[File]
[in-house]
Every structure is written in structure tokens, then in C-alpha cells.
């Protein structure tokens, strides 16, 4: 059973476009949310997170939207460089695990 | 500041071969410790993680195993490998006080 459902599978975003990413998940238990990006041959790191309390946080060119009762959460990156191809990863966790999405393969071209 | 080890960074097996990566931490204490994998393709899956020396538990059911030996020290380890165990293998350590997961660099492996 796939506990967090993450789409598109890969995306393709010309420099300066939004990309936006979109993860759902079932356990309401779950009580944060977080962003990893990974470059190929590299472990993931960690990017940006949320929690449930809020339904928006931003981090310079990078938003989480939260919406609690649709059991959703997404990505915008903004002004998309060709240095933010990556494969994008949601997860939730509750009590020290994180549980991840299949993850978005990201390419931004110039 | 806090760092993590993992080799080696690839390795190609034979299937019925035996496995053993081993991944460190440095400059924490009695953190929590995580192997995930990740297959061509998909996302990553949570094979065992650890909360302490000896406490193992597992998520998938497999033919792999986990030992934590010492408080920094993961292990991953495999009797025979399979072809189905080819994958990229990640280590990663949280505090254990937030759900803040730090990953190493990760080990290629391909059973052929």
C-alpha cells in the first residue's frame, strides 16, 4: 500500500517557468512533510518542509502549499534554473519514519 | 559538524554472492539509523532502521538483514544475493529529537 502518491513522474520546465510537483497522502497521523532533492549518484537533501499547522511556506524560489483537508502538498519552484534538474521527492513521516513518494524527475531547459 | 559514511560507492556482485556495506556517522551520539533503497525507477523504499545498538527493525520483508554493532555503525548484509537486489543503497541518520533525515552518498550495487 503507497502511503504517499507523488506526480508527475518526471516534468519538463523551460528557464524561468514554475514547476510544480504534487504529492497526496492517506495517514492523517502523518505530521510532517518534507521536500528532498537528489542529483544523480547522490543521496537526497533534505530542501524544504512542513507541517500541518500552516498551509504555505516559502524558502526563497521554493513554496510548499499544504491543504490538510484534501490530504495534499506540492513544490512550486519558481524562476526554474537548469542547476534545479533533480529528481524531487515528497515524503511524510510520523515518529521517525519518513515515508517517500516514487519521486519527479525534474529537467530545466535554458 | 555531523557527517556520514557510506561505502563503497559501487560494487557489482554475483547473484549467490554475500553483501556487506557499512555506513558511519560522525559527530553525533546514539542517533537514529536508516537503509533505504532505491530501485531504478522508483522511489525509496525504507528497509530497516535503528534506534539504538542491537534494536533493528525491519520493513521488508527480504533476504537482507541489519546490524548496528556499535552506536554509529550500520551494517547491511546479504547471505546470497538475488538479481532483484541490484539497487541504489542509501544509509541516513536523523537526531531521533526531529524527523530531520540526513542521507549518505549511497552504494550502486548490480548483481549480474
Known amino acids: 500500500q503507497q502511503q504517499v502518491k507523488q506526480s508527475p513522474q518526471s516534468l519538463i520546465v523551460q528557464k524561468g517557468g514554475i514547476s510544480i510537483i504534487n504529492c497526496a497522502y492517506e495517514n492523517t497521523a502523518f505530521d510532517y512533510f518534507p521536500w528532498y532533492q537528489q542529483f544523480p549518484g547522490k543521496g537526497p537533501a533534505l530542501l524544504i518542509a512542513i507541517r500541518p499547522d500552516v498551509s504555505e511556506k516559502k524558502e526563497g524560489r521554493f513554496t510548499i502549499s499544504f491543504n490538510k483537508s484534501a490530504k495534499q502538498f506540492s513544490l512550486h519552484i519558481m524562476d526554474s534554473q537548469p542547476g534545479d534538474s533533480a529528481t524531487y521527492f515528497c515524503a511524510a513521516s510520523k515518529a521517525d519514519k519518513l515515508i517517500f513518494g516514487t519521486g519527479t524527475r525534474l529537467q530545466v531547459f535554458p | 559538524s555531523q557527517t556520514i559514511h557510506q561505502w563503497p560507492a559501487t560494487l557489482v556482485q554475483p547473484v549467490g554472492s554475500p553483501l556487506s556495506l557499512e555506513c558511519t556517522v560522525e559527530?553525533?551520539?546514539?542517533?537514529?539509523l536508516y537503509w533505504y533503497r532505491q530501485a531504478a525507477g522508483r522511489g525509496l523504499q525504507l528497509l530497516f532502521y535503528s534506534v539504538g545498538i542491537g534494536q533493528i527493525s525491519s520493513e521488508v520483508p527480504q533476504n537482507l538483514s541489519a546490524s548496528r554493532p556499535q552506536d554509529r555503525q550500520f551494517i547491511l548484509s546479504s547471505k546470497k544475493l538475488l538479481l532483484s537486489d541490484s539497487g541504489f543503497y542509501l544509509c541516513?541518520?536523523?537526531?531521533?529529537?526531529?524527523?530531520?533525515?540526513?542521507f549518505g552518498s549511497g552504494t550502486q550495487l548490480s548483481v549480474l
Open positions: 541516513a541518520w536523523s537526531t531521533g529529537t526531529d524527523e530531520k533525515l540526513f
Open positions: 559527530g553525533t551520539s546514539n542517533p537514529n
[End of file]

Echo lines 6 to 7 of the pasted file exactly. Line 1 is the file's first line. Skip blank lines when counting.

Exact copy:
Open positions: 541516513a541518520w536523523s537526531t531521533g529529537t526531529d524527523e530531520k533525515l540526513f
Open positions: 559527530g553525533t551520539s546514539n542517533p537514529n